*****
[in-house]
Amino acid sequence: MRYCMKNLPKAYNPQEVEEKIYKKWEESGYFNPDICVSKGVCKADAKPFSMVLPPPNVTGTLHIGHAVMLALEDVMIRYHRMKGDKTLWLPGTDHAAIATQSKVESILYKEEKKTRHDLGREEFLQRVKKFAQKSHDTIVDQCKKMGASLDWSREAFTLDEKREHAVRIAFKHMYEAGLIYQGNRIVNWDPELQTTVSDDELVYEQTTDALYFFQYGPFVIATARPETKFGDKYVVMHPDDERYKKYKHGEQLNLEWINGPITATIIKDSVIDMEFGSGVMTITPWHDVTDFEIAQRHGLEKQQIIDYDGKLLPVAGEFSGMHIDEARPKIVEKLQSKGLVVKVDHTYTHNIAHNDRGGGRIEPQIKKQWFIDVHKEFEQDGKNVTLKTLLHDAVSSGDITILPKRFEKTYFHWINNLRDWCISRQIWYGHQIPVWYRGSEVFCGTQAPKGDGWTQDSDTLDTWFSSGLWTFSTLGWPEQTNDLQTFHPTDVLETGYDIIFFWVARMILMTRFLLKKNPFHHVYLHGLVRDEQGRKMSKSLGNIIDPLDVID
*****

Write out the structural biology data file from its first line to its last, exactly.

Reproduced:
[in-house]
Amino acid sequence: MRYCMKNLPKAYNPQEVEEKIYKKWEESGYFNPDICVSKGVCKADAKPFSMVLPPPNVTGTLHIGHAVMLALEDVMIRYHRMKGDKTLWLPGTDHAAIATQSKVESILYKEEKKTRHDLGREEFLQRVKKFAQKSHDTIVDQCKKMGASLDWSREAFTLDEKREHAVRIAFKHMYEAGLIYQGNRIVNWDPELQTTVSDDELVYEQTTDALYFFQYGPFVIATARPETKFGDKYVVMHPDDERYKKYKHGEQLNLEWINGPITATIIKDSVIDMEFGSGVMTITPWHDVTDFEIAQRHGLEKQQIIDYDGKLLPVAGEFSGMHIDEARPKIVEKLQSKGLVVKVDHTYTHNIAHNDRGGGRIEPQIKKQWFIDVHKEFEQDGKNVTLKTLLHDAVSSGDITILPKRFEKTYFHWINNLRDWCISRQIWYGHQIPVWYRGSEVFCGTQAPKGDGWTQDSDTLDTWFSSGLWTFSTLGWPEQTNDLQTFHPTDVLETGYDIIFFWVARMILMTRFLLKKNPFHHVYLHGLVRDEQGRKMSKSLGNIIDPLDVID